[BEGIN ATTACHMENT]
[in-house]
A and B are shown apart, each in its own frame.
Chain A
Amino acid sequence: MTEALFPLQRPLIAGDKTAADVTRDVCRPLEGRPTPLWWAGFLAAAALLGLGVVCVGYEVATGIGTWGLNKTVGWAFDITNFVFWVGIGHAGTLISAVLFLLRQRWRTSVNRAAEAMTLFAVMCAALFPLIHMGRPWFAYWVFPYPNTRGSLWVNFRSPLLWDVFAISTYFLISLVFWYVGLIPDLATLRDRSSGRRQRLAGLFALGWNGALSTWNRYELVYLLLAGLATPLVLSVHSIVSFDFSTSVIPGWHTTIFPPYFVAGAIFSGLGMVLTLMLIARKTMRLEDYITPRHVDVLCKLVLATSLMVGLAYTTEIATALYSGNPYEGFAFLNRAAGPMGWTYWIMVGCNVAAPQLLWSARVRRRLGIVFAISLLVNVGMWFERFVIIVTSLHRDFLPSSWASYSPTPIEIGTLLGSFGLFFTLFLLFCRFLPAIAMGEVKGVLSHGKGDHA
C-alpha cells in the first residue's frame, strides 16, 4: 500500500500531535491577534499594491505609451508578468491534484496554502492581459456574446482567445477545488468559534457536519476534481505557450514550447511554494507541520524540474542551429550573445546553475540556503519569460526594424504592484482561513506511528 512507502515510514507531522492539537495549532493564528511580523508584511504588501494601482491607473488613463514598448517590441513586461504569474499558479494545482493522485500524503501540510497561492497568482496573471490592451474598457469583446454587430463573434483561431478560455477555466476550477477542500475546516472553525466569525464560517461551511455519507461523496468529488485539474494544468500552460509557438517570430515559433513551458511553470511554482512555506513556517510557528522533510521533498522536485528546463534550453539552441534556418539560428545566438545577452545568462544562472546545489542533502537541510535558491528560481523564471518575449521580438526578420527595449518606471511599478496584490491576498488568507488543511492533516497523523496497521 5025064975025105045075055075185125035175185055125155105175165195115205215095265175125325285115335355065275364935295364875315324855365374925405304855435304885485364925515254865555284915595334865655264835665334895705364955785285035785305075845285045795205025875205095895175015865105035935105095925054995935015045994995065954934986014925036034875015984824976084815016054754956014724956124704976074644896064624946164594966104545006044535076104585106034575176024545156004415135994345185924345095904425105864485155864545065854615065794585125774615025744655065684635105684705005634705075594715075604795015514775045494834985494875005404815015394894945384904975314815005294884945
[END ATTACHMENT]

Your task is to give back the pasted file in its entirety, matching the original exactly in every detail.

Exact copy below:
[in-house]
A and B are shown apart, each in its own frame.
Chain A
Amino acid sequence: MTEALFPLQRPLIAGDKTAADVTRDVCRPLEGRPTPLWWAGFLAAAALLGLGVVCVGYEVATGIGTWGLNKTVGWAFDITNFVFWVGIGHAGTLISAVLFLLRQRWRTSVNRAAEAMTLFAVMCAALFPLIHMGRPWFAYWVFPYPNTRGSLWVNFRSPLLWDVFAISTYFLISLVFWYVGLIPDLATLRDRSSGRRQRLAGLFALGWNGALSTWNRYELVYLLLAGLATPLVLSVHSIVSFDFSTSVIPGWHTTIFPPYFVAGAIFSGLGMVLTLMLIARKTMRLEDYITPRHVDVLCKLVLATSLMVGLAYTTEIATALYSGNPYEGFAFLNRAAGPMGWTYWIMVGCNVAAPQLLWSARVRRRLGIVFAISLLVNVGMWFERFVIIVTSLHRDFLPSSWASYSPTPIEIGTLLGSFGLFFTLFLLFCRFLPAIAMGEVKGVLSHGKGDHA
C-alpha cells in the first residue's frame, strides 16, 4: 500500500500531535491577534499594491505609451508578468491534484496554502492581459456574446482567445477545488468559534457536519476534481505557450514550447511554494507541520524540474542551429550573445546553475540556503519569460526594424504592484482561513506511528 512507502515510514507531522492539537495549532493564528511580523508584511504588501494601482491607473488613463514598448517590441513586461504569474499558479494545482493522485500524503501540510497561492497568482496573471490592451474598457469583446454587430463573434483561431478560455477555466476550477477542500475546516472553525466569525464560517461551511455519507461523496468529488485539474494544468500552460509557438517570430515559433513551458511553470511554482512555506513556517510557528522533510521533498522536485528546463534550453539552441534556418539560428545566438545577452545568462544562472546545489542533502537541510535558491528560481523564471518575449521580438526578420527595449518606471511599478496584490491576498488568507488543511492533516497523523496497521 5025064975025105045075055075185125035175185055125155105175165195115205215095265175125325285115335355065275364935295364875315324855365374925405304855435304885485364925515254865555284915595334865655264835665334895705364955785285035785305075845285045795205025875205095895175015865105035935105095925054995935015045994995065954934986014925036034875015984824976084815016054754956014724956124704976074644896064624946164594966104545006044535076104585106034575176024545156004415135994345185924345095904425105864485155864545065854615065794585125774615025744655065684635105684705005634705075594715075604795015514775045494834985494875005404815015394894945384904975314815005294884945